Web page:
One aspect of security that is often overlooked is the Human Element. People are a factor in IT infrastructure and as such are also a possible attack vector. Business organizations should take this aspect of security as seriously as any other which can be achieved through training and adequate policies.
There are many ways as to how the human element can be exploited; some are obvious and people can be trained to easily identify them and cater for them, some require constant vigilance and can be catered for by policies and then there are those that can be devious and very tricky to cater for and which might require a mix of policies and training.
Protecting against the Simple Threats
There are a number of attacks that can be performed on the human element of the IT infrastructure. The most common attack is most likely using the email vector to convince a person to click a malicious attachment that will install Trojans or other malicious software. This attack vector can easily be tackled by installing security software to protect the email system, and also more importantly by educating employees to never open attachments which do not have a legitimate business purpose as well as to identify those that pretend to be business related but in truth are not.
It’s also important to teach employees to respect and protect confidential information. Things like passwords are there for a reason and people should be trained to respect that reason; this will prevent instances where employee see passwords as a nuisance and to avoid having to memorize them they end up writing them on a sticky note that they would then affix to their monitor. This would also protect against employees leaving confidential documents running around and make them appreciate the need to shred documents and not just throw them away where they can be intercepted from the garbage through the practice of dumpster diving.
Another important aspect of security is hardware control. Protection here is once again a mix of both software and user education. Employees should be taught about the potential dangers of getting portable storage from home (the risk of virus transfer) and connecting devices such as laptops or wireless routers that can leave your organization open to great risks from outside access to your inner networks. Employees should be taught to appreciate the risks of these practices and why they shouldn’t be done. Often employees are not aware of the risks involved and do things as a personal initiative to try and boost productivity but despite the good intentions, the risks still remain.
Protecting against the Complex Threats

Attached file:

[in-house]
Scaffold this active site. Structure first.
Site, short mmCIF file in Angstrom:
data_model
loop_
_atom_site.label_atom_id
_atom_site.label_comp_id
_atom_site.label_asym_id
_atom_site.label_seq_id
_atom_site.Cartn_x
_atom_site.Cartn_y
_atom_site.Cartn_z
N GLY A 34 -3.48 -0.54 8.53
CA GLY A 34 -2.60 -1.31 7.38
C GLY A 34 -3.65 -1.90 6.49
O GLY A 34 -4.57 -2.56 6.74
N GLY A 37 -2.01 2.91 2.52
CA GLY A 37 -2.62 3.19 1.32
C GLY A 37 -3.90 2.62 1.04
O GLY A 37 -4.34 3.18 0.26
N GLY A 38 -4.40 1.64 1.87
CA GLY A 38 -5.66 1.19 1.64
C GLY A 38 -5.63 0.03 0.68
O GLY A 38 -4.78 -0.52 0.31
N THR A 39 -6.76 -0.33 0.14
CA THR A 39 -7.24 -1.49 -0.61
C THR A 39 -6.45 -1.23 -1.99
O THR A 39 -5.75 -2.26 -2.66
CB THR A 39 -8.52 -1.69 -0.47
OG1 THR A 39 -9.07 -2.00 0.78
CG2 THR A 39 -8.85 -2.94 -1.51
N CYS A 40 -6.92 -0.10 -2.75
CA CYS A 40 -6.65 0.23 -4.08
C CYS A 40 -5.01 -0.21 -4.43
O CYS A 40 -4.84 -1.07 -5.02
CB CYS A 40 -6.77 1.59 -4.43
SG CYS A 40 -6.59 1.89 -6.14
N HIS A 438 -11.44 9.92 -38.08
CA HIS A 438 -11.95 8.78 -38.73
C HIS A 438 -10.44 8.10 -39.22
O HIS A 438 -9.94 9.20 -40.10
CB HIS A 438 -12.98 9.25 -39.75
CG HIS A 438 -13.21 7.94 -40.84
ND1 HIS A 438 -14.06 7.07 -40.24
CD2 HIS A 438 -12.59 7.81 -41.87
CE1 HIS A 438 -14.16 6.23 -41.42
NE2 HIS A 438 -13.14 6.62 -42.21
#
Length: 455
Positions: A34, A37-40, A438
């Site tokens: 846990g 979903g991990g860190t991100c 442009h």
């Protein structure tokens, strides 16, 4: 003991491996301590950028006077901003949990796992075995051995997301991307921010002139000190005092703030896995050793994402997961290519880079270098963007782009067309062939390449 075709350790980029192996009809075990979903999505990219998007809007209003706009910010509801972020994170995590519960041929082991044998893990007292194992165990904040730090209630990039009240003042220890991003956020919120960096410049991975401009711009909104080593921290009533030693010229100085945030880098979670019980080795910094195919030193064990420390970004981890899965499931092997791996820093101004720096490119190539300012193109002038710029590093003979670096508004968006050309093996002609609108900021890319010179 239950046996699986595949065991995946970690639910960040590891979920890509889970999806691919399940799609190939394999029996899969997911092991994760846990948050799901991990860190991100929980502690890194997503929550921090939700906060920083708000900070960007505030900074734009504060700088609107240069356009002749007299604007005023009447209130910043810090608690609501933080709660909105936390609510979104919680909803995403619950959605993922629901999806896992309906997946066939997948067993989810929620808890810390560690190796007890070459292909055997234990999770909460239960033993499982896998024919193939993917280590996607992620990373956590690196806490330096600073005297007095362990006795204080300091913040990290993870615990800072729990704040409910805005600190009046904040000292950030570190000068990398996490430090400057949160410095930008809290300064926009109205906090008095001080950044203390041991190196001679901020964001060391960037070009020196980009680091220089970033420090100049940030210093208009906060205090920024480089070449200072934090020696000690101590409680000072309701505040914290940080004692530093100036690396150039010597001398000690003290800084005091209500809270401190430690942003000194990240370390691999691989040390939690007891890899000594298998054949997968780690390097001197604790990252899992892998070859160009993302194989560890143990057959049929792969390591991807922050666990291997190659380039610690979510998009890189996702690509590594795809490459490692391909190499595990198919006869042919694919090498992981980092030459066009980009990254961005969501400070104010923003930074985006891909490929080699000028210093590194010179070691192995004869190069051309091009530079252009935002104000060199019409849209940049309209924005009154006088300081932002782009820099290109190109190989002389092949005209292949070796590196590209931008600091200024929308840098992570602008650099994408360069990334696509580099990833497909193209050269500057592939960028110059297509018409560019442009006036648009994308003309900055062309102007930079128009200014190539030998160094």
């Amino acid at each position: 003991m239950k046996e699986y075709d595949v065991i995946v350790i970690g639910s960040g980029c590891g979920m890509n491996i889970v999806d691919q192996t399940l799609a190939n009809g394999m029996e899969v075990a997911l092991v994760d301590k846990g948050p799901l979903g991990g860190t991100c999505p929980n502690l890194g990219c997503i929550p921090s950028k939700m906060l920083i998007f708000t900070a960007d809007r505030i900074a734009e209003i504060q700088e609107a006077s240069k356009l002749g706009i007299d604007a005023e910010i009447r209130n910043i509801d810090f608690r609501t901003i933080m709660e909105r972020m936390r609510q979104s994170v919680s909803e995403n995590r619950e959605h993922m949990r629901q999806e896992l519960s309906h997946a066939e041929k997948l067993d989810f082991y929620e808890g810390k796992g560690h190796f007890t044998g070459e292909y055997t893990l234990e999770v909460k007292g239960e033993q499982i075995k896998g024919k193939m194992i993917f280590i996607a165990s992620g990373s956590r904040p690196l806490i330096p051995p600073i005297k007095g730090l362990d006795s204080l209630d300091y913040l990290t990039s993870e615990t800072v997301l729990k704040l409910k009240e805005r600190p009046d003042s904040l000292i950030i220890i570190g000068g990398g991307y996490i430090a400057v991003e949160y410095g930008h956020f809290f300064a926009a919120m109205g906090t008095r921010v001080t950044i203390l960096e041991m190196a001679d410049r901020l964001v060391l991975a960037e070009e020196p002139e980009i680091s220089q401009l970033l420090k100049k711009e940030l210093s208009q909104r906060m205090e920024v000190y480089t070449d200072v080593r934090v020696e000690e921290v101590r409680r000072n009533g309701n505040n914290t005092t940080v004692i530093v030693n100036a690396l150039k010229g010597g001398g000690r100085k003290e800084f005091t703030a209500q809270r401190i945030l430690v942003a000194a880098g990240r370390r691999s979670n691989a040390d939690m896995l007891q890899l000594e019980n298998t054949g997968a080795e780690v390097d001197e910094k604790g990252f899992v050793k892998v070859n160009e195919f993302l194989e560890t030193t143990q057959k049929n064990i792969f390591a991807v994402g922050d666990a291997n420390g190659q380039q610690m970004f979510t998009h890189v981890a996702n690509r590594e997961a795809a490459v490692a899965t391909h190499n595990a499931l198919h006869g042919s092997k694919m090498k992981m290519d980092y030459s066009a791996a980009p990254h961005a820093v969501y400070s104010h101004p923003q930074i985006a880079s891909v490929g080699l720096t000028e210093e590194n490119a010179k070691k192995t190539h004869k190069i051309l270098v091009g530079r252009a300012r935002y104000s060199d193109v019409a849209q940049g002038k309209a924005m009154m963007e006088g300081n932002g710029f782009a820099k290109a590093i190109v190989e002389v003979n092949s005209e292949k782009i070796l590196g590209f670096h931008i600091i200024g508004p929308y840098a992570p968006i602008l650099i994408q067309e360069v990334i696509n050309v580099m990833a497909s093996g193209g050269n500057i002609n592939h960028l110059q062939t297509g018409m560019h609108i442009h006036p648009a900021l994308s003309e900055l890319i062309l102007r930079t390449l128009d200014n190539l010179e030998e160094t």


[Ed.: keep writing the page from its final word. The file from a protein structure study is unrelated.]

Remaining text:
The biggest danger and by far the most difficult to cater for is a targeted attack. Social engineering is probably the most insidious threat that the human element in an organization will suffer. It is not difficult to teach employees to detect general attacks such as phishing emails because it is easy to identify their general nature; however, when attacks are targeted it is a different matter altogether and becomes far more difficult. Let me illustrate through an example.
Let’s assume that I am a malicious person trying to get access to a sales database and I want to get hold of a user name and a password to steal credit card details. I can assume that it’s a safe bet that sales personnel might have an account to the database. My first step would be to get hold of the name of someone working in sales. Easy, one just needs to send a sales query to that company by email and you’ll get a name of a sales person with the reply in nearly all cases. Next I need the phone number of someone who is not in sales. It shouldn’t be too hard to get that – I subsequently call that number and when that person answers I can pretend to have dialled the wrong number and ask that person to please forward my call to the sales person whose name I just got. When the sales person answers I would then introduce myself as someone calling from IT, invent a fictitious name (unless the company is really small there is a very good chance that this will not raise a red flag and if it does I can always claim I am new), address that sales person by his/her name and come up with any excuse that might seem legitimate (e.g. we’re running an inventory of login and passwords for the sales database and I need to know their login details to verify that they are correct) to try and get that person’s login name and password. There is a very good chance that if the person whom I phoned doesn’t have any security training, s/he will not doubt me and give me the information that I asked for. After all this is seemingly an internal call, I know his/her name, I work in IT and I asked an IT-related question. It’s evident that this attack would be quite insidious and difficult to detect especially for an untrained person.
How can you really educate users to protect them against these types of attacks? As mentioned before, this needs to be a mixture of education and policies. A policy should be implemented instructing that no one should give his/her password to anyone. Employees should also be taught not to trust calls as being internal just because they seem so, especially if they are forwarded. Even if a person works with the company confidential information should still be treated as confidential and even if an employee thinks that the person requesting any confidential data should have access to that data s/he should not give it out unless s/he is authorized.
In conclusion the human element is an attack vector to an IT infrastructure as much as anything else and security needs to be in place to protect it. This is generally a mixture of software and education. In some cases it is an aspect that is overlooked but when that happens it becomes just as dangerous to an organization as any other security breach, after all it’s easier to access a person in an organization than a specific machine.